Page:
Community Farming – A Great Revival

“Without corn there is no song.
Without song there is no dance.
Without dance there is no rain.
Without rain there is no corn.
If corn dies, we die.
There are more planting songs than cornfields now.”

This excerpt from “Believe in the Corn: Manual for Puebloan Corn Growing” by Robert Mirabal and Nelson Zink, was published in February of 2013. The sad conclusion – “There are more planting songs than cornfields now.” – is still a harsh reality in much of Indian Country.

Not only does this paint a grim picture for farming, it presents a much larger issue for Native American communities as a whole. Losing the art of connecting to land, diminishing their ability to provide for themselves, and forcing them to rely on alternative food sources that lend to the disproportionately high rates of heart disease, obesity, diabetes, and other ailments among American Indian and Alaska Native peoples.

In spite of these obstacles, however, communities can and are fighting to revive traditional farming and take back control of feeding their communities. George Toya, Farm Manager at Pueblo of Nambe, is a community leader on the frontlines. George shared how his farming work helps his community as a whole.

“Well, it’s provided alternate source of food. We kind of live in a food desert, and the nearest grocery store from our community is about 15 minutes away by car. But then if you don’t have a car, it might as well be a hundred miles. So it makes an impact on the older folks, especially the ones that don’t have the vehicles. They have to depend on somebody else to give them a ride to the store. And so with our program, we’re providing a little bit more food that they could need and maybe it’ll save them a couple of trips a week to the grocery store. And then what we do is we also include a lot of the youth from the tribe into helping us harvest and helping us can, and things like that so that they learn also how to be self-sustaining.”

George Toya

Pueblo of Nambe is a Subawardee under the Albuquerque Area Indian Health Board and receives funding from Good Health and Wellness in Indian Country. George further explains how GHWIC’s support has impacted his work.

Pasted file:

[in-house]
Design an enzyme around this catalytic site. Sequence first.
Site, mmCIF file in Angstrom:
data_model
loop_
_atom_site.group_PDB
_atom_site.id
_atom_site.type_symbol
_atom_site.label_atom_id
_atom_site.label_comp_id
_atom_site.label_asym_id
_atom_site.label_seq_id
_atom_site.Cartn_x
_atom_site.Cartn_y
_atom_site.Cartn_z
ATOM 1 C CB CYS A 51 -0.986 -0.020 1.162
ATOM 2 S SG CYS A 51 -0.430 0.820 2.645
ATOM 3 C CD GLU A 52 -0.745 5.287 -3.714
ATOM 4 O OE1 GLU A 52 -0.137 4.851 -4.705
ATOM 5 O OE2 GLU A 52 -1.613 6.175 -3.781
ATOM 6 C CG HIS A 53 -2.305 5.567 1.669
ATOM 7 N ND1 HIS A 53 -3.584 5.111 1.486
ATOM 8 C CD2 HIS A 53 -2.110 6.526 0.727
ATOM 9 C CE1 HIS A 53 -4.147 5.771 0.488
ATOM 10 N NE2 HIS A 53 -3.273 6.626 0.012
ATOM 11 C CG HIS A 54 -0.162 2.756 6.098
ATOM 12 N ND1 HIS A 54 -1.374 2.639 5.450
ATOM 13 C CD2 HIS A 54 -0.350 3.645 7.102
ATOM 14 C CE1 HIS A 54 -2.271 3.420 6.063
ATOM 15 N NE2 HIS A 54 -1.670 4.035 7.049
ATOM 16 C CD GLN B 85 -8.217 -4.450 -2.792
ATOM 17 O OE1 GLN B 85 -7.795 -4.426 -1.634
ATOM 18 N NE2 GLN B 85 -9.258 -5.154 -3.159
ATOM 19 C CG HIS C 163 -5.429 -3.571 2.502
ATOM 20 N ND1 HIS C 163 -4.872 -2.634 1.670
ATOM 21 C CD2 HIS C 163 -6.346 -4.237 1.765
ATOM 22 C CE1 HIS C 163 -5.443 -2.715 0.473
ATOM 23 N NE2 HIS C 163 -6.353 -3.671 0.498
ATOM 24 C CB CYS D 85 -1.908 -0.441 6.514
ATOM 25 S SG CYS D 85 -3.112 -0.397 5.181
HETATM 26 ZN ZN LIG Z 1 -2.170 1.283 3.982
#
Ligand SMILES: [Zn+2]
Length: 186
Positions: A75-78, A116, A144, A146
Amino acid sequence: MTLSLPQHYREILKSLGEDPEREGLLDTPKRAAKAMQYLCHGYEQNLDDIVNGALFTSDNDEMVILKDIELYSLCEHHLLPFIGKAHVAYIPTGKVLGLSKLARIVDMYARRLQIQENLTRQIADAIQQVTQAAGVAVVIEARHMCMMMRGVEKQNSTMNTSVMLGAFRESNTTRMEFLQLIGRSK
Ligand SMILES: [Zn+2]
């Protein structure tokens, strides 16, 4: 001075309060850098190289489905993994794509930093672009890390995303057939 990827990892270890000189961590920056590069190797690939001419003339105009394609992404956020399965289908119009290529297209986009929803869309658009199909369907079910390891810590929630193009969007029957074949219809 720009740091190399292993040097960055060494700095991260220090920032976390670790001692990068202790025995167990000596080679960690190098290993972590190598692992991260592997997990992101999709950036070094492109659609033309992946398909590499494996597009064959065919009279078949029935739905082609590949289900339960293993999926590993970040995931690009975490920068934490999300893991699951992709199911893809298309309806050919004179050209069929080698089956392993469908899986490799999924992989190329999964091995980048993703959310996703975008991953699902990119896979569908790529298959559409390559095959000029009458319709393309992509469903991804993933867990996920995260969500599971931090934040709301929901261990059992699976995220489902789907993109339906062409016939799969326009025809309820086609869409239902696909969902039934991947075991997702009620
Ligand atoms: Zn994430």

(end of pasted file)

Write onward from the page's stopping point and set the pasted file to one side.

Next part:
“One of the reasons we have our farming program is because of GHWIC and because of the funding they provided. See, we have a program, but to sustain it we depend on grants. And because we don’t sell any of the things that we produce, we give it to the tribal members, it’s hard to make that a self-sustaining project because we’re not selling or creating income from it.
We’ve been a member of GHWIC for close to 10 years and it’s really helped us out our community out a lot. We’ve been able to accomplish a lot of things because of this funding and our partnerships. It’s opened our eyes to what other people are doing. Overall we found out that Native Country is all following that same path into being more self-sustainable, providing healthier foods for their tribes, and it has just been a benefit for us overall.”

George Toya

Funding and support from GHWIC has had a wide impact on George’s community far beyond the farms that he manages.

“One of the things that we did when we started our program was to implement a thing called “surplus of inventory”. See, a lot of the people in the tribe have fruit trees and other things that grow, and when they’re done picking what they need, the rest falls on the ground and it attracts animals, it attracts bears. So what we did was identified the households in the community that had fruit trees and other things, and asked them if we could harvest the rest of the fruit when they’re done with theirs. And they said, ‘No problem’!
So we enlisted some of the afterschool program, the summer youth program, to go and help us pick these fruit and vegetables. And then we also do some foraging too. So with that, then when we have all this excess fruit that we can distribute it to the community or save it for canning classes and save it from being wasted.
One year we had an excess of apples and everybody had more than enough apples. We have a commodities warehouse, a little ways from us. And so I took the rest of it over there and asked if they could give it out to the people that come for commodities. And they said no, because it wasn’t USDA approved. But it’s all organic, no fertilizers, anything. One of the workers said, just put the boxes out in front by the gate and put ‘Free Apples’, and within an hour they were all gone. So that’s how we share with the community and the surrounding community.”

Pueblo of Nambe’s inspirational success is a clear example of how funding from GHWIC is being put to use for the betterment of Indian Country. George’s farming techniques incorporate “the old ways” of coexisting with the land and growing in harmony and his outreach efforts connects, protects, and feeds his community. Through efforts like this, fields will surely outnumber songs someday soon.

AASTEC
Albuquerque, NM
ccghwic@anthc.org
www.aastec.net